UN Disarmament Working Group Calls for 2017 Negotiations to Ban Nuclear Weapons

In Democracy, Environment, Human rights, Justice, Nonviolence, Nuclear abolition, Nuclear Guardianship, Nuclear Policy, Peace on August 21, 2016 at 6:53 am

August 19, 2016

Geneva – A few minutes ago a special UN working group involving most of the world’s countries concluded its work with the recommendation that negotiations begin in 2017 toward a treaty prohibiting nuclear weapons.

Of the countries present today, 68 voted in favor of the final report, 22 against, with 13 abstentions. The final report language and roll call of votes are not available yet.

One hundred and seven countries attending the working group at one time or another since February have variously stated their support for starting ban negotiations as soon as possible.

The United States did not attend the meeting. U.S. nuclear allies did however attend, and over months several of these states led what turned out to be an unsuccessful effort to block progress.

States which have pledged to support negotiations that would ban nuclear weapons now number 127, a strong UN majority which augurs well for success of pro-ban states this fall in the General Assembly.

Today’s press release of the International Campaign to Abolish Nuclear Weapons (ICAN), a network of 440 organizations in 93 countries, follows. Further details will no doubt be available in the coming hours.

Majority of UN members declare intention to negotiate ban on nuclear weapons in 2017

United Nations disarmament talks concluded in Geneva today with the overwhelming majority of nations signaling their intention to launch negotiations in 2017 for a global ban on nuclear weapons.

One hundred and seven nations in Africa, Latin America, the Caribbean, Southeast Asia and the Pacific, together with several in Europe, united behind a proposal to convene a conference next year to outlaw nuclear weapons.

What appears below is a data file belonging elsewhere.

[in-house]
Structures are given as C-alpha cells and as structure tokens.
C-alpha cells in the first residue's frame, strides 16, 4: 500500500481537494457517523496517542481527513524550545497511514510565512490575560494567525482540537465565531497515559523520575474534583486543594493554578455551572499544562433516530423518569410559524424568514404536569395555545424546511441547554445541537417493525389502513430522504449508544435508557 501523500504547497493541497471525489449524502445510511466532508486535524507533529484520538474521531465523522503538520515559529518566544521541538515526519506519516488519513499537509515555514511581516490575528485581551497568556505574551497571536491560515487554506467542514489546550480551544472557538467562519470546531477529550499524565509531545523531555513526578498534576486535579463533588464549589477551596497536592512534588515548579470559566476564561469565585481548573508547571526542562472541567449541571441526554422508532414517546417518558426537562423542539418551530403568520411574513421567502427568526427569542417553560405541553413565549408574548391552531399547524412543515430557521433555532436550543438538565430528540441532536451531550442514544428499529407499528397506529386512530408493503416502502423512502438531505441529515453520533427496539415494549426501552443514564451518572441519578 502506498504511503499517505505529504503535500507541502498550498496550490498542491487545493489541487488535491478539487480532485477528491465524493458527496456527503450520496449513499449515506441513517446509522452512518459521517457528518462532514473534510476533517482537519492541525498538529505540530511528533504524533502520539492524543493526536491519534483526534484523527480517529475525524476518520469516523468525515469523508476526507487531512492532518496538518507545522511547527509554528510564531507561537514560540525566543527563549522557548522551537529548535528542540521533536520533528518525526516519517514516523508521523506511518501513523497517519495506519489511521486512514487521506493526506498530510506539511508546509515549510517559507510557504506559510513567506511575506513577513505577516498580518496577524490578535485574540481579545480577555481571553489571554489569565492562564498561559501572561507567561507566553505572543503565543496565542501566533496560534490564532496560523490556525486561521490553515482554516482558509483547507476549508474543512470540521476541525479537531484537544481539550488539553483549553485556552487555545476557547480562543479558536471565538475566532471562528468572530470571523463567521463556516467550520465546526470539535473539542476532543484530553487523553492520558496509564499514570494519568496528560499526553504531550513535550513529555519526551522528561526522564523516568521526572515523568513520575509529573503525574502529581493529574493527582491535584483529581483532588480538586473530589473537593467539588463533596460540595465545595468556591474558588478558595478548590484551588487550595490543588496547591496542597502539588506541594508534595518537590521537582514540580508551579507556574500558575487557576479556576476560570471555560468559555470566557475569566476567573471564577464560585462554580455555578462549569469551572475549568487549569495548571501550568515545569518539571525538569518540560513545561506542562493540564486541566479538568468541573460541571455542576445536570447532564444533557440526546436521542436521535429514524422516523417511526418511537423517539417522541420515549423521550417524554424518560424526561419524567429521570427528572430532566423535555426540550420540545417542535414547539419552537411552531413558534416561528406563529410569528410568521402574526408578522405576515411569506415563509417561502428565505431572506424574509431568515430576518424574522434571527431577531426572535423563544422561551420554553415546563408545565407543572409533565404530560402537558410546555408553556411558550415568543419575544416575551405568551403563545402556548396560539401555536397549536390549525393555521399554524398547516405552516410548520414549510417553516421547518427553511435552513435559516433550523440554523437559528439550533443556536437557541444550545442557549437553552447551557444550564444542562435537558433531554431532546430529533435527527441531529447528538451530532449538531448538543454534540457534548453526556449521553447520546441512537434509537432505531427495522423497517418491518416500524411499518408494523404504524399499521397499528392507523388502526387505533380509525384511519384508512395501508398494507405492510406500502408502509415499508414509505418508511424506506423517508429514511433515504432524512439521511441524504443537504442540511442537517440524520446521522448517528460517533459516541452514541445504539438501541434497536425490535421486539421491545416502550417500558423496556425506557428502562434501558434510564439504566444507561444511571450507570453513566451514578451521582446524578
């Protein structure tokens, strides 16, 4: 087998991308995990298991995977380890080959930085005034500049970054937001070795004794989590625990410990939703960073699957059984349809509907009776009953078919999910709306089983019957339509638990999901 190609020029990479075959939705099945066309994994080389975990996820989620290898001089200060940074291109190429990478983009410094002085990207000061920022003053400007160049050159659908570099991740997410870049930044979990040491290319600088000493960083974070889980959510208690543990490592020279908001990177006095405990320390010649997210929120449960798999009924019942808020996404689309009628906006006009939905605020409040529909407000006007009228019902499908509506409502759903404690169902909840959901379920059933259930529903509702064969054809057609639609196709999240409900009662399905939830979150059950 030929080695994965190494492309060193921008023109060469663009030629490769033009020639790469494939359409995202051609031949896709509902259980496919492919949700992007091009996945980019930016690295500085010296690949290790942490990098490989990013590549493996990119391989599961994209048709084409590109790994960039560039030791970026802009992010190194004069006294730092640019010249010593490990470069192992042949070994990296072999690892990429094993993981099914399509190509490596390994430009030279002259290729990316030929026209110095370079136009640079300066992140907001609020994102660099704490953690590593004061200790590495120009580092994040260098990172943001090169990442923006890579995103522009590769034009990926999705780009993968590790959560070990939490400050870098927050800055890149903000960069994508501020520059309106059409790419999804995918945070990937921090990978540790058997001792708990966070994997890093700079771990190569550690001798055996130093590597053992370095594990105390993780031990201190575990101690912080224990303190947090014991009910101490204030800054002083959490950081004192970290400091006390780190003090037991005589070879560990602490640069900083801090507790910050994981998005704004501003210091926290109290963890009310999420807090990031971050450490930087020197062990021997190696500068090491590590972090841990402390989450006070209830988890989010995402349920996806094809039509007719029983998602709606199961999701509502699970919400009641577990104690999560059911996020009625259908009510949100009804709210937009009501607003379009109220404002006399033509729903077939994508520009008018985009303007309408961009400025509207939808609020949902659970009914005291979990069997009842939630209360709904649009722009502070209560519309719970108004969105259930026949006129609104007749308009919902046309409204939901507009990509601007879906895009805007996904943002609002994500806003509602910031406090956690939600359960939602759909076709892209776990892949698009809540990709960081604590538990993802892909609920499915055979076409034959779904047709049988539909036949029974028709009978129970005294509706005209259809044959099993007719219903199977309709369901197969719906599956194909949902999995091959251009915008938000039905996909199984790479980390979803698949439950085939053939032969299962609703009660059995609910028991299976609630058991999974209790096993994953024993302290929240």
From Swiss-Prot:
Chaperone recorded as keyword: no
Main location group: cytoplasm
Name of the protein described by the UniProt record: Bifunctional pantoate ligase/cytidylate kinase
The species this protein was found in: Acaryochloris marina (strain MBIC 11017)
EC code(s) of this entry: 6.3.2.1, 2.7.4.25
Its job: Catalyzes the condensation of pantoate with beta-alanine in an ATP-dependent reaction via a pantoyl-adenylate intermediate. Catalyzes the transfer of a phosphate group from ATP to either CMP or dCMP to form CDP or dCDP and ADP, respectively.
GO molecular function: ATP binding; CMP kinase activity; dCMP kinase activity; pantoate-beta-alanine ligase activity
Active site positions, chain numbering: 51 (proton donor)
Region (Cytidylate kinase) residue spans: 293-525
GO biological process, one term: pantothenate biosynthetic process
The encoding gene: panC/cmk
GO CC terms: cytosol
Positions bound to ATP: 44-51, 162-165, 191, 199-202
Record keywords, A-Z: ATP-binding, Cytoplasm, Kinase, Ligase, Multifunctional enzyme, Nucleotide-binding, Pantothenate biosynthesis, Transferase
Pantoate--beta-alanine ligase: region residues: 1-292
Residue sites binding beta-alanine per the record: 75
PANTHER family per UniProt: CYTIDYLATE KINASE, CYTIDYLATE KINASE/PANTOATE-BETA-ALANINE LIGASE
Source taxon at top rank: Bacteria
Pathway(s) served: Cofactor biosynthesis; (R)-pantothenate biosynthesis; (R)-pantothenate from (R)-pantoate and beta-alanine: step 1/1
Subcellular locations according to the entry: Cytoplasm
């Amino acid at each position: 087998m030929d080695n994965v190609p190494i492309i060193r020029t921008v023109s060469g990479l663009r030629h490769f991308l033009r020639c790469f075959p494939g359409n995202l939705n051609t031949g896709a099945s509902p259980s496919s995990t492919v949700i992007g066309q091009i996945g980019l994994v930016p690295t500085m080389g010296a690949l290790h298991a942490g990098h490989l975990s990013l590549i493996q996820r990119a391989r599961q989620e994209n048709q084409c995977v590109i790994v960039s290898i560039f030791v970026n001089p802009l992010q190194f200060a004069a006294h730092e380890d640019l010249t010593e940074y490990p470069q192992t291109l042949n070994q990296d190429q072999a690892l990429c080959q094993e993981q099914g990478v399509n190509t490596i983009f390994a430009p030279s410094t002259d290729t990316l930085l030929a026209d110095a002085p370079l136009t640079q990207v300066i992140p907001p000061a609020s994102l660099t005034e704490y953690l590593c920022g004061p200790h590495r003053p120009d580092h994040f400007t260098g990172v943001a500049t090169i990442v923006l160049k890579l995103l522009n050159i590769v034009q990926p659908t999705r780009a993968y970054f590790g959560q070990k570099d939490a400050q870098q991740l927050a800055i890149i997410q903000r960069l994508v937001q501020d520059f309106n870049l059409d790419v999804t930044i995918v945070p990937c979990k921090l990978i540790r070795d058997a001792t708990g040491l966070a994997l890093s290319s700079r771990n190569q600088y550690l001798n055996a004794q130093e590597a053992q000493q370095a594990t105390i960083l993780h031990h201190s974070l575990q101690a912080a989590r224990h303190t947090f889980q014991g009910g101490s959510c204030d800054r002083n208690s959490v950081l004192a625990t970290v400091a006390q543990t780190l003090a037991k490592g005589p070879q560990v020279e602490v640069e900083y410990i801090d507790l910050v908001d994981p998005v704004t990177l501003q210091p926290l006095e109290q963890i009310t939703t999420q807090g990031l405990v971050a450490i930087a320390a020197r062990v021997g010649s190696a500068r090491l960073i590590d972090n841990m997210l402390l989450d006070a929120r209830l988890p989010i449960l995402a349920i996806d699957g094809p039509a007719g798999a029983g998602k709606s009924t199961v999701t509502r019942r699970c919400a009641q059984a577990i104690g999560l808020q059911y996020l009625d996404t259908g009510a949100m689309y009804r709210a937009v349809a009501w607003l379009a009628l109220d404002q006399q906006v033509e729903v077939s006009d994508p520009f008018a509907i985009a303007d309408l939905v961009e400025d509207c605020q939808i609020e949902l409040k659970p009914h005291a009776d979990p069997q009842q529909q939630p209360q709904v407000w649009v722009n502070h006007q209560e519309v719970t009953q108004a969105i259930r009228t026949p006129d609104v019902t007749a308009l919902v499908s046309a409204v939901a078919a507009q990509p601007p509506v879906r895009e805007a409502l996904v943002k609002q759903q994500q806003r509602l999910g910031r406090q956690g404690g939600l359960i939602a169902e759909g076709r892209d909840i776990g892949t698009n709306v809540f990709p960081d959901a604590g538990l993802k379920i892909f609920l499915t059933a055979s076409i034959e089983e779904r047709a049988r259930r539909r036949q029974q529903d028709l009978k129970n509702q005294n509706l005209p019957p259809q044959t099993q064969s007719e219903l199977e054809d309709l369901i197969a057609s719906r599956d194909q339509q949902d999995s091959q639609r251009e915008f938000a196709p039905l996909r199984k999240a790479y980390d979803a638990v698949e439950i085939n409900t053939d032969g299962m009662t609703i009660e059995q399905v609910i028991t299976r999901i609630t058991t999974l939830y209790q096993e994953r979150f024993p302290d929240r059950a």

A small handful of nations argued that nuclear weapons are essential for their security and therefore should not be prohibited. However, these opponents failed to block the majority and prevent negotiations from proceeding.

The Geneva talks began in February and continued in May and August as part of a special UN working group established last year to advance nuclear disarmament negotiations, which have long been stalled at the UN.

The group today adopted its final report by vote. The report recommends that a conference be held next year to negotiate “a legally binding instrument to prohibit nuclear weapons, leading towards their total elimination”.

Nuclear weapons remain the only weapons of mass destruction not yet prohibited under international law, despite their inhumane and indiscriminate nature. The proposed ban would address this legal anomaly.

“There can be no doubt that a majority of UN members intend to pursue negotiations next year on a treaty banning nuclear weapons,” said Beatrice Fihn, executive director of the International Campaign to Abolish Nuclear Weapons (ICAN).

“This is a significant moment in the seven-decade-long global struggle to rid the world of the worst weapons of mass destruction,” she said. “The UN working group achieved a breakthrough today.”

“We expect that, based on the recommendations of the working group, the UN General Assembly will adopt a resolution this autumn to establish the mandate for negotiations on a ban on nuclear weapons in 2017.”

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